One of the key principles behind the best pairing is to understand both the food you are serving and the wine, by analysing their basic components in order to enhance your dining experience.
The idea is to try to find the right balance where neither the food nor the wine overpowers the other.
1. Taste in wine is subjective
Before even reading about the best food and wine pairings, you should consider YOUR personal taste. If a combination pleases you then it is a good choice for you.
2. Always keep the intensity of flavours in balance
Match mild foods with mild wines or pair rich foods with rich wine.
Try at home: the sweet and sour flavour of citrus is complemented by an off-dry Riesling of a similar nature or a dish with a creamy sauce will be enhanced by the similar flavour found in rich, buttery Chardonnay.
3. Acids go with acids
If you're eating a dish with a strong acidic content (such as baked goat cheese and baby leaf salad), pair it with an acidic wine that can keep up with the acids in the food - such as a New Zealand Sauvignon Blanc.
4. Pair with the most dominant flavours of the dish
It is common to think that we need to pair the wine with the meat or with the fish. However, in some cases the sauce or cooking method have more influence on the actual taste of the dish . For instance, when you serve duck with a fruit-based sauce such as cherry or orange, choose a gutsy, low-tannin wine such as a red from Rhône.
5. Wine and spices
Pairing wine with Indian or Chinese food can be very challenging as the strong spices can clash and destroy the flavours of the wine. Off-dry Riesling is probably the only wine that tastes good with highly- spiced curry. More generally, wines made in a Germanic style will be a great match with Asian food.
6. Contrast the flavours of dessert and dessert wine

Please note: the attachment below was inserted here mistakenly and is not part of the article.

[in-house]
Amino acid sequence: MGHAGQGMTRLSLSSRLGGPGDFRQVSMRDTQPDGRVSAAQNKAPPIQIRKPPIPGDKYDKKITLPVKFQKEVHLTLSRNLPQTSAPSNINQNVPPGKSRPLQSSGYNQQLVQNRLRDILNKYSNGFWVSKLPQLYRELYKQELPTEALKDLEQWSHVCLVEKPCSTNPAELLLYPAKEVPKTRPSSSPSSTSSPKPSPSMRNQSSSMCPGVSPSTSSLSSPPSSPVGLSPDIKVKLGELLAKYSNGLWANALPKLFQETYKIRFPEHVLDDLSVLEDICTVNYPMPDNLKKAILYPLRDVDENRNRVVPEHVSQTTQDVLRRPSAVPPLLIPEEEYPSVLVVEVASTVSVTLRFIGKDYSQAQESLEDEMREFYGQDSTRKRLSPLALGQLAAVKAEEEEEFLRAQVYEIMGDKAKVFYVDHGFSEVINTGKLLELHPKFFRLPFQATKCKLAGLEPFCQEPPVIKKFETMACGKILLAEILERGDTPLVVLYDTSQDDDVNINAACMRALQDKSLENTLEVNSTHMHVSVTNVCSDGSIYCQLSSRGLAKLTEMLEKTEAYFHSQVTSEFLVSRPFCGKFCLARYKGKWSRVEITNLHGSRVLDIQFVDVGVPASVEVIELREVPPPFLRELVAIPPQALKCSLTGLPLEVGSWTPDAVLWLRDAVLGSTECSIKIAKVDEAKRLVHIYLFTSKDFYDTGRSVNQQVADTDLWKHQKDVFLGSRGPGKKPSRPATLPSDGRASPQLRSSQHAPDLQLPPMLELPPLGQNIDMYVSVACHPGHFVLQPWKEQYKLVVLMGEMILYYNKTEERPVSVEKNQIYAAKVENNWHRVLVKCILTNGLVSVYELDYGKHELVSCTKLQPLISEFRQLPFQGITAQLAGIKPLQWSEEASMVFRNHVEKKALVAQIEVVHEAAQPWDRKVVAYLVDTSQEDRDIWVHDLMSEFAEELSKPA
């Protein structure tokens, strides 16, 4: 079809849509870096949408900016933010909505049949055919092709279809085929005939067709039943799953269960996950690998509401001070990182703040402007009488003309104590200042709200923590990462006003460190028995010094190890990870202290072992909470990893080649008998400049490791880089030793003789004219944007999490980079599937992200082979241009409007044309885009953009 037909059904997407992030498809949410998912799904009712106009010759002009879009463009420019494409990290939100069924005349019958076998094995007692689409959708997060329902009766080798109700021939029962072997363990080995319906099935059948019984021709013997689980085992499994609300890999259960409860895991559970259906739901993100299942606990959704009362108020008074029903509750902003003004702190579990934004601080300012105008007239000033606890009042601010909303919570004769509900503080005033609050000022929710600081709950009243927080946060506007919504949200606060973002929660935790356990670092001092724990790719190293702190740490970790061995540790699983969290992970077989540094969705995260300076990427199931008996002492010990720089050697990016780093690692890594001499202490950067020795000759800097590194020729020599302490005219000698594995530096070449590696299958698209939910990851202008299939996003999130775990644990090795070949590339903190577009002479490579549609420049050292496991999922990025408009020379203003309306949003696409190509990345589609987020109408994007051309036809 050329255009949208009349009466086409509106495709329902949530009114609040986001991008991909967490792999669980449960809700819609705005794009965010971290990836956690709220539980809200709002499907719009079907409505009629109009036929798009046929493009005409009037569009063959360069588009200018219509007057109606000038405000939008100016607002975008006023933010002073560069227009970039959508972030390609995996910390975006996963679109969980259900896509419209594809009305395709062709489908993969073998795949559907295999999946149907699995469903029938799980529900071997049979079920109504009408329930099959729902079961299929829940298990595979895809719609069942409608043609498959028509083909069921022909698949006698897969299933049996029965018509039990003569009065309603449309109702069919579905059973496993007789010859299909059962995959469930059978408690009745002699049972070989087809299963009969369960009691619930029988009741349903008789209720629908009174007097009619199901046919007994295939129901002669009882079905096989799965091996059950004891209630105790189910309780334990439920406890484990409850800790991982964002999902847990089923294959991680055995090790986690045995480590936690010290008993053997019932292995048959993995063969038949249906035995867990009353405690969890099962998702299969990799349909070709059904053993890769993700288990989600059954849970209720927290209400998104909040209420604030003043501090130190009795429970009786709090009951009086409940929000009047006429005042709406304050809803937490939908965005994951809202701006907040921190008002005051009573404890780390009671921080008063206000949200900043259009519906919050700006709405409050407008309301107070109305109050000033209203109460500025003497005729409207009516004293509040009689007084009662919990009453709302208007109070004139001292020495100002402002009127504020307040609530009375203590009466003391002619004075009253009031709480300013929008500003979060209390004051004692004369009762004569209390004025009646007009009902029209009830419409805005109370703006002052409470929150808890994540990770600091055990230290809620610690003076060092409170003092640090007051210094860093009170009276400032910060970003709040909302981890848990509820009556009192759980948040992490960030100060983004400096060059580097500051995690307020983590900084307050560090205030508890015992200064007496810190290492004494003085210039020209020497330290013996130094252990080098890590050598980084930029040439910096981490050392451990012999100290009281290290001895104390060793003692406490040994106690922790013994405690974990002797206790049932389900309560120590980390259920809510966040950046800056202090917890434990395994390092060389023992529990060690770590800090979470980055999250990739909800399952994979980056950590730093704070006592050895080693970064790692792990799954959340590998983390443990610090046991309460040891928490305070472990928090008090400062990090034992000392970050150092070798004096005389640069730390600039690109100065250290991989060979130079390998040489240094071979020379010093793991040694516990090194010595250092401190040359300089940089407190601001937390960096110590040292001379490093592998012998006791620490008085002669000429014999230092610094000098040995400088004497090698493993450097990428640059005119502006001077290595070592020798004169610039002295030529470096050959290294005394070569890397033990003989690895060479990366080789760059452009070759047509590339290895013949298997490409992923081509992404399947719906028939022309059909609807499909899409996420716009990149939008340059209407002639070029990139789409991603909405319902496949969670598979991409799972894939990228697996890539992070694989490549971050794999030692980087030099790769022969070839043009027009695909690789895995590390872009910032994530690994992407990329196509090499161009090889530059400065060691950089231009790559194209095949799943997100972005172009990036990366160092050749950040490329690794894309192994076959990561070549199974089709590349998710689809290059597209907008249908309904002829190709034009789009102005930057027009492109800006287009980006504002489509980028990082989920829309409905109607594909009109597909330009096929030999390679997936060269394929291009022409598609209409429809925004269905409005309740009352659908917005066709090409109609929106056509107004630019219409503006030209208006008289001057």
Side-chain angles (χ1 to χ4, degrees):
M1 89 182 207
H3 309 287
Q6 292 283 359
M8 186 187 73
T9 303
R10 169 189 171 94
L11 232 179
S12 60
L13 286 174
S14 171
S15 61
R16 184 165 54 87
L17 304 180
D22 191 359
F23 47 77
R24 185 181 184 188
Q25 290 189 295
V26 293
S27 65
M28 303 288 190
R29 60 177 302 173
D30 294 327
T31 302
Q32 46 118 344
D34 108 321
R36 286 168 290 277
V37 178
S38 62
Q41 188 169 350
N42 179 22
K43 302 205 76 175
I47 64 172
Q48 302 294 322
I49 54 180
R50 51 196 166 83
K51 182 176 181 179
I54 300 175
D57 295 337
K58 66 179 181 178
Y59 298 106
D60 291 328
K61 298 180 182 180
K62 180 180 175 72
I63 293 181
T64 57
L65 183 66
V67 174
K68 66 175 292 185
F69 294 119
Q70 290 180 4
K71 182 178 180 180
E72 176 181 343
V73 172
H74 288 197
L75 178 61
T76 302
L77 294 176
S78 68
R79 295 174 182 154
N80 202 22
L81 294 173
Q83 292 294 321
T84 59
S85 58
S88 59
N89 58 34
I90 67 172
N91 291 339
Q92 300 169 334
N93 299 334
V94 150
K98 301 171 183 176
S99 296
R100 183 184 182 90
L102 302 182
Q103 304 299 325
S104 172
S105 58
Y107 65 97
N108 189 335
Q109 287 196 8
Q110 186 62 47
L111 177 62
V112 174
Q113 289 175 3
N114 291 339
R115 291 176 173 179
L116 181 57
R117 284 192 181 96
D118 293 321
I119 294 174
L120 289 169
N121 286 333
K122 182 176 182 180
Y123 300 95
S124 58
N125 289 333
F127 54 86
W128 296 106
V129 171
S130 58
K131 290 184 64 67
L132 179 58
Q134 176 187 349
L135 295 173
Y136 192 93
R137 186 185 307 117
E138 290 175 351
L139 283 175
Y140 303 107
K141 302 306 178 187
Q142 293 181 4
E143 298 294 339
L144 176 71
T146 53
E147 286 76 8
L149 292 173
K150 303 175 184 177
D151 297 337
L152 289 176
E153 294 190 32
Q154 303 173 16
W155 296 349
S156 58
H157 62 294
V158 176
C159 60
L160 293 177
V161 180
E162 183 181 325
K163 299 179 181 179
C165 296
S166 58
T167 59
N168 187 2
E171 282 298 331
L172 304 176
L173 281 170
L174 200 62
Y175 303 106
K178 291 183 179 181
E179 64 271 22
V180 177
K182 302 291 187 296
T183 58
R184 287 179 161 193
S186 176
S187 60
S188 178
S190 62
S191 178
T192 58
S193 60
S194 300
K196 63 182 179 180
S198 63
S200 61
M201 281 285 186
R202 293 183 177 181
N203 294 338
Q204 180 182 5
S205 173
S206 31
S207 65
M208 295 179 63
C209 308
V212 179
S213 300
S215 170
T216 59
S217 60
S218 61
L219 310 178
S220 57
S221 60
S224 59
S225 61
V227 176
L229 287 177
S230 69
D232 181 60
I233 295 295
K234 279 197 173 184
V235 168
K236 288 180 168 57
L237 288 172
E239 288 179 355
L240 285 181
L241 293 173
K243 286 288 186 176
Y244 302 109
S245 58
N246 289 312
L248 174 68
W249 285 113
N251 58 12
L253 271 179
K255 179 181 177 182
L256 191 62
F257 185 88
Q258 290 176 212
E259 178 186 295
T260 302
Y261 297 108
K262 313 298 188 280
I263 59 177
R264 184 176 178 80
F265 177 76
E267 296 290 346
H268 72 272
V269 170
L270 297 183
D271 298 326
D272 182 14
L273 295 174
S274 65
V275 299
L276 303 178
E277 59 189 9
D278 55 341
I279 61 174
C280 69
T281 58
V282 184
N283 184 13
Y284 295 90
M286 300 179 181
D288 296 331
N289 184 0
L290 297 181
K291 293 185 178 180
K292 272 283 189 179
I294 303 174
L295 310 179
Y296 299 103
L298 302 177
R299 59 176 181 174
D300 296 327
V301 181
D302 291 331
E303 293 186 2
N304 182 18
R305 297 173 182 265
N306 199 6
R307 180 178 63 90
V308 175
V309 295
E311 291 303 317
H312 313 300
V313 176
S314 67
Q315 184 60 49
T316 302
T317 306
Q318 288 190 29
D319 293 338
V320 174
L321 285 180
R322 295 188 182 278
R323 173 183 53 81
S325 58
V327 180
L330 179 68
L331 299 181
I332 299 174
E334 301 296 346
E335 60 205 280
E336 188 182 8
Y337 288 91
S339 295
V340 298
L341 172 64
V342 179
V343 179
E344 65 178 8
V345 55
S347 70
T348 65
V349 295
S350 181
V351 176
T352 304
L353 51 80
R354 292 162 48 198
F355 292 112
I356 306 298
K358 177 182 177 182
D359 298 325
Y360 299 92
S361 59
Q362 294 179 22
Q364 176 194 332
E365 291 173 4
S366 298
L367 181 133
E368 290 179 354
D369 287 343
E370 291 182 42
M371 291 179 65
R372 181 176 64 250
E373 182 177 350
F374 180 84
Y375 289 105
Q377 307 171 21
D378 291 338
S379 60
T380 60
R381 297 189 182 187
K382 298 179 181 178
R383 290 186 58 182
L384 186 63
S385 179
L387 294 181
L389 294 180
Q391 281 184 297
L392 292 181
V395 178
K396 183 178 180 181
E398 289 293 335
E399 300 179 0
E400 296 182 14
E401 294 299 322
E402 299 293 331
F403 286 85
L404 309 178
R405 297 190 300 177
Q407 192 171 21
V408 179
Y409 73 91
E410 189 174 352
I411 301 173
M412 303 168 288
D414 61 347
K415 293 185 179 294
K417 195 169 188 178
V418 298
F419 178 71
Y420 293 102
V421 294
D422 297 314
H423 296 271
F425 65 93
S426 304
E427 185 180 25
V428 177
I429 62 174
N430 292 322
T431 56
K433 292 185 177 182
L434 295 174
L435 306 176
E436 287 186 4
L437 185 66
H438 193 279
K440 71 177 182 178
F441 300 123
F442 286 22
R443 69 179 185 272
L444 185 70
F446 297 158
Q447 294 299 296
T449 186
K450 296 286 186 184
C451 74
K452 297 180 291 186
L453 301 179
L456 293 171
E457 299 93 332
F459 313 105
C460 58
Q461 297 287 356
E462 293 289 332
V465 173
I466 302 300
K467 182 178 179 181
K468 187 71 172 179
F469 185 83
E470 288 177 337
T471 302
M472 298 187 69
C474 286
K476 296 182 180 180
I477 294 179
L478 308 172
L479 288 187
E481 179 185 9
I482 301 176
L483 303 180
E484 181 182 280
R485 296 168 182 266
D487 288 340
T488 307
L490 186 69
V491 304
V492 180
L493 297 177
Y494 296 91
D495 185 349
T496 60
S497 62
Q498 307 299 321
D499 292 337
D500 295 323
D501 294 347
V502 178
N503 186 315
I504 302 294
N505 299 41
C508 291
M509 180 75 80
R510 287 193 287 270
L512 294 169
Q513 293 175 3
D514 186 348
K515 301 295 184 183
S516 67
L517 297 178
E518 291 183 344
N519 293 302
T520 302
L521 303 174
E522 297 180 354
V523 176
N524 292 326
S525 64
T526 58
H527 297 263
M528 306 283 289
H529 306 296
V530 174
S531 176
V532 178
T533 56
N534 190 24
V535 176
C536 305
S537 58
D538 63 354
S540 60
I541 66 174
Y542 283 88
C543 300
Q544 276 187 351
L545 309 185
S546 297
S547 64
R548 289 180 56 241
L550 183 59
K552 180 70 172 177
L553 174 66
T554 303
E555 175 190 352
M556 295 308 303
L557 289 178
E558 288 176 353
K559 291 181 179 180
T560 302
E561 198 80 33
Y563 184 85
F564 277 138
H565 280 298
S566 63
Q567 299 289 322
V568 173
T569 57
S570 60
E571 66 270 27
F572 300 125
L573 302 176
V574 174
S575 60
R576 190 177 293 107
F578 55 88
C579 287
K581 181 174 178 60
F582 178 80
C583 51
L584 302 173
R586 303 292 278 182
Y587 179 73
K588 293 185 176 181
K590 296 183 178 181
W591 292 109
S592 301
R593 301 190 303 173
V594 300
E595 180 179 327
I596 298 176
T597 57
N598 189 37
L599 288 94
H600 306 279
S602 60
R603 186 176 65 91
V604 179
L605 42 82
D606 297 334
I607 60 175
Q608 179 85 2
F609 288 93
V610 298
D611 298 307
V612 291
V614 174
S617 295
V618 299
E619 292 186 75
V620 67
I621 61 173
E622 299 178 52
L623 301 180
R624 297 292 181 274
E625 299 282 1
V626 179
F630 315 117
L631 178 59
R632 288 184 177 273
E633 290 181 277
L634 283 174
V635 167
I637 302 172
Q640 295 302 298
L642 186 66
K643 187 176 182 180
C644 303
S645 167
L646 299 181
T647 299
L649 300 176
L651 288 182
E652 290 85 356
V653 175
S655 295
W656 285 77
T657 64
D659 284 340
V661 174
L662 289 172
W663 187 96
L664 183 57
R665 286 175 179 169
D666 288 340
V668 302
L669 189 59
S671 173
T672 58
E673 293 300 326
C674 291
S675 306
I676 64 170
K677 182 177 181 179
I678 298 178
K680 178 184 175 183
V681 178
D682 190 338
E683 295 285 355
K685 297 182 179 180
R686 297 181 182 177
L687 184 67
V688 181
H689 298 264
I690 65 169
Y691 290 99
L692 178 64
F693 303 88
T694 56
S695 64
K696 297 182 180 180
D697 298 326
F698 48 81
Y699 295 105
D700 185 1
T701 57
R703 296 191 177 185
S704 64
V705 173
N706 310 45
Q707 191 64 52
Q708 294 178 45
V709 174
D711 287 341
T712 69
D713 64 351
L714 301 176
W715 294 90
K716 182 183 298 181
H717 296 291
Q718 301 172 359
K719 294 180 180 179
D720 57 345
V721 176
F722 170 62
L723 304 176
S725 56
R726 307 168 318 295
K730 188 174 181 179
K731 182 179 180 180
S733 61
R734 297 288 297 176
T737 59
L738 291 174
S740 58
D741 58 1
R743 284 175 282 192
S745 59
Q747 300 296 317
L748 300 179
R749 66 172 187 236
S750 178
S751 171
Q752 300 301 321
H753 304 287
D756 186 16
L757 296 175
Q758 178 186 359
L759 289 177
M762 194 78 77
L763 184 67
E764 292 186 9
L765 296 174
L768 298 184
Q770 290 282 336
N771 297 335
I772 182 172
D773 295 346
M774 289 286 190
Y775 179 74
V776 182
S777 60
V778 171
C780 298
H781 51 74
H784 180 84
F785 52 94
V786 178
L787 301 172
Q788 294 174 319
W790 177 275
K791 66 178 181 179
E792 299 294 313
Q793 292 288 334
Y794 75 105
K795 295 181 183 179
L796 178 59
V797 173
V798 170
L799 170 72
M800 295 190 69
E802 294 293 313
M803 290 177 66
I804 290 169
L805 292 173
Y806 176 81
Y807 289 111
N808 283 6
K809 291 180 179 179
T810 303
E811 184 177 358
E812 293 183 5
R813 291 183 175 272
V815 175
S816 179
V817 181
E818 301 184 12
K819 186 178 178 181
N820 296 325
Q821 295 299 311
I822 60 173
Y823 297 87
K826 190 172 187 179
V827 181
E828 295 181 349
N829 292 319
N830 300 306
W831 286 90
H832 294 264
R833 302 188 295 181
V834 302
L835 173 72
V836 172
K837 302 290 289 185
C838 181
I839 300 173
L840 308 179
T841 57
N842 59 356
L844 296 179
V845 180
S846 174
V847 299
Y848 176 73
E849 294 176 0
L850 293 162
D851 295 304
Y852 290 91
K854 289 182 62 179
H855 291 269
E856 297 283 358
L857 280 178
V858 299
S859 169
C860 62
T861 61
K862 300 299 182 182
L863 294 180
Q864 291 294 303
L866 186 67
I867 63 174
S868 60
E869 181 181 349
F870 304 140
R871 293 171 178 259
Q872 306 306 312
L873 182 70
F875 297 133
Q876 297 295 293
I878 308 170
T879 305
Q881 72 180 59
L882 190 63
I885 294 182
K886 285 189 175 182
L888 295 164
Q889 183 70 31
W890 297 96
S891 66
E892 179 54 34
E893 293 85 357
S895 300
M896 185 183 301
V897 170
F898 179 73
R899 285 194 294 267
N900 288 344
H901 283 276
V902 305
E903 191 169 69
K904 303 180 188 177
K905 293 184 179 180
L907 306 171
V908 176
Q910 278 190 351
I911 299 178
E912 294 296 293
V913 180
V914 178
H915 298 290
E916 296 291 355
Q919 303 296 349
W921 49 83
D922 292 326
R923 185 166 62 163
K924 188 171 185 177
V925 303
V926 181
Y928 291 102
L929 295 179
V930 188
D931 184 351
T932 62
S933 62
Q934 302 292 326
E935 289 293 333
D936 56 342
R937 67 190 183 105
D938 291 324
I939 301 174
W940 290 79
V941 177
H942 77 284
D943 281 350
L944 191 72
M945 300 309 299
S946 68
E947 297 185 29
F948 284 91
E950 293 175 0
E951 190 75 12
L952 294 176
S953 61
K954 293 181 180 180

You can opt to create your own balance by putting two contrasting flavours with each other.
For example: the treacle-like sweetness of a Pedro Ximenez contrasted by the freshness of vanilla ice-cream or the richness of a Tarte Tatin cut through by a crisp, sharp late harvest Chenin Blanc.
7. There are no mistakes in food and wine pairing
If the wine doesn’t work with the dish that you decided to pair it with then it shouldn't be considered a mistake. It will only help you in making your decision next time you prepare the same dish.
We recommend trying new more adventurous pairings you may discover a pairing that you like even if it is unconventional. That’s what makes food and wine pairing exciting!
8. If you are not sure…
It is often a safe bet to pair wine with foods that are from the same region. If you are eating a nice slice of Comté cheese, what better match than a wine from the Jura region?
Matthieu Longuere is Wine Development Manager and oversees one of Le Cordon Bleu London’s programmes: Diploma in Wine, Gastronomy and Management. The 6-month Diploma has been developed to provide students with an in-depth knowledge of wine, incorporating sensory analysis; production; food and wine pairing and business management.